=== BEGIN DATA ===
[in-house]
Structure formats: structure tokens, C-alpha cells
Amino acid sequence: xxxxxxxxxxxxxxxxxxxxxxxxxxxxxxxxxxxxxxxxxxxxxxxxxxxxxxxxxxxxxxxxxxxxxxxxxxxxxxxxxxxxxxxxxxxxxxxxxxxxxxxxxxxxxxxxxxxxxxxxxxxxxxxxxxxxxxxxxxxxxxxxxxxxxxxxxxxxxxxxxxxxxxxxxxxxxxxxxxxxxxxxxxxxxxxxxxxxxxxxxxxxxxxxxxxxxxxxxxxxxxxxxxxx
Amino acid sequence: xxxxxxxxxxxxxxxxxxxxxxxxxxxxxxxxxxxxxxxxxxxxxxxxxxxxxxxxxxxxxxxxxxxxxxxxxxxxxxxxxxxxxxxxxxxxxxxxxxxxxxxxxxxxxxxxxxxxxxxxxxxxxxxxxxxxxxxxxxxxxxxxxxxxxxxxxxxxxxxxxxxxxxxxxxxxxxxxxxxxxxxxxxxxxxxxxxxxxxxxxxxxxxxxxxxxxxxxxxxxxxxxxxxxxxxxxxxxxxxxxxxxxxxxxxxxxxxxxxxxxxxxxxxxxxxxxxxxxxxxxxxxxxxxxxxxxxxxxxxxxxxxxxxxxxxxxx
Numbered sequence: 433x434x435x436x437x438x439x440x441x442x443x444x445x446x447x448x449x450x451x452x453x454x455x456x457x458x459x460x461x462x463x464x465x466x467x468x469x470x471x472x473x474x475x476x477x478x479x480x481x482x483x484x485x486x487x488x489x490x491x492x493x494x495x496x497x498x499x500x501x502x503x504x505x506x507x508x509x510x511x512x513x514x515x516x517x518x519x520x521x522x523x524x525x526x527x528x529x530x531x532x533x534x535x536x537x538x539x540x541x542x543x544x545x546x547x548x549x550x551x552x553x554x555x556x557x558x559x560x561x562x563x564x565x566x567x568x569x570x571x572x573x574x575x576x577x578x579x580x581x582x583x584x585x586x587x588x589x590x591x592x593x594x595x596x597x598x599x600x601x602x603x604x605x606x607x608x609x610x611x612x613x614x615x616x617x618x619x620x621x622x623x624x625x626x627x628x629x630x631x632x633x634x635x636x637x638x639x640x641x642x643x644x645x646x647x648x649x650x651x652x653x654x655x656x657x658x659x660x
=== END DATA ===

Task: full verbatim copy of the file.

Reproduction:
[in-house]
Structure formats: structure tokens, C-alpha cells
Amino acid sequence: xxxxxxxxxxxxxxxxxxxxxxxxxxxxxxxxxxxxxxxxxxxxxxxxxxxxxxxxxxxxxxxxxxxxxxxxxxxxxxxxxxxxxxxxxxxxxxxxxxxxxxxxxxxxxxxxxxxxxxxxxxxxxxxxxxxxxxxxxxxxxxxxxxxxxxxxxxxxxxxxxxxxxxxxxxxxxxxxxxxxxxxxxxxxxxxxxxxxxxxxxxxxxxxxxxxxxxxxxxxxxxxxxxxx
Amino acid sequence: xxxxxxxxxxxxxxxxxxxxxxxxxxxxxxxxxxxxxxxxxxxxxxxxxxxxxxxxxxxxxxxxxxxxxxxxxxxxxxxxxxxxxxxxxxxxxxxxxxxxxxxxxxxxxxxxxxxxxxxxxxxxxxxxxxxxxxxxxxxxxxxxxxxxxxxxxxxxxxxxxxxxxxxxxxxxxxxxxxxxxxxxxxxxxxxxxxxxxxxxxxxxxxxxxxxxxxxxxxxxxxxxxxxxxxxxxxxxxxxxxxxxxxxxxxxxxxxxxxxxxxxxxxxxxxxxxxxxxxxxxxxxxxxxxxxxxxxxxxxxxxxxxxxxxxxxxx
Numbered sequence: 433x434x435x436x437x438x439x440x441x442x443x444x445x446x447x448x449x450x451x452x453x454x455x456x457x458x459x460x461x462x463x464x465x466x467x468x469x470x471x472x473x474x475x476x477x478x479x480x481x482x483x484x485x486x487x488x489x490x491x492x493x494x495x496x497x498x499x500x501x502x503x504x505x506x507x508x509x510x511x512x513x514x515x516x517x518x519x520x521x522x523x524x525x526x527x528x529x530x531x532x533x534x535x536x537x538x539x540x541x542x543x544x545x546x547x548x549x550x551x552x553x554x555x556x557x558x559x560x561x562x563x564x565x566x567x568x569x570x571x572x573x574x575x576x577x578x579x580x581x582x583x584x585x586x587x588x589x590x591x592x593x594x595x596x597x598x599x600x601x602x603x604x605x606x607x608x609x610x611x612x613x614x615x616x617x618x619x620x621x622x623x624x625x626x627x628x629x630x631x632x633x634x635x636x637x638x639x640x641x642x643x644x645x646x647x648x649x650x651x652x653x654x655x656x657x658x659x660x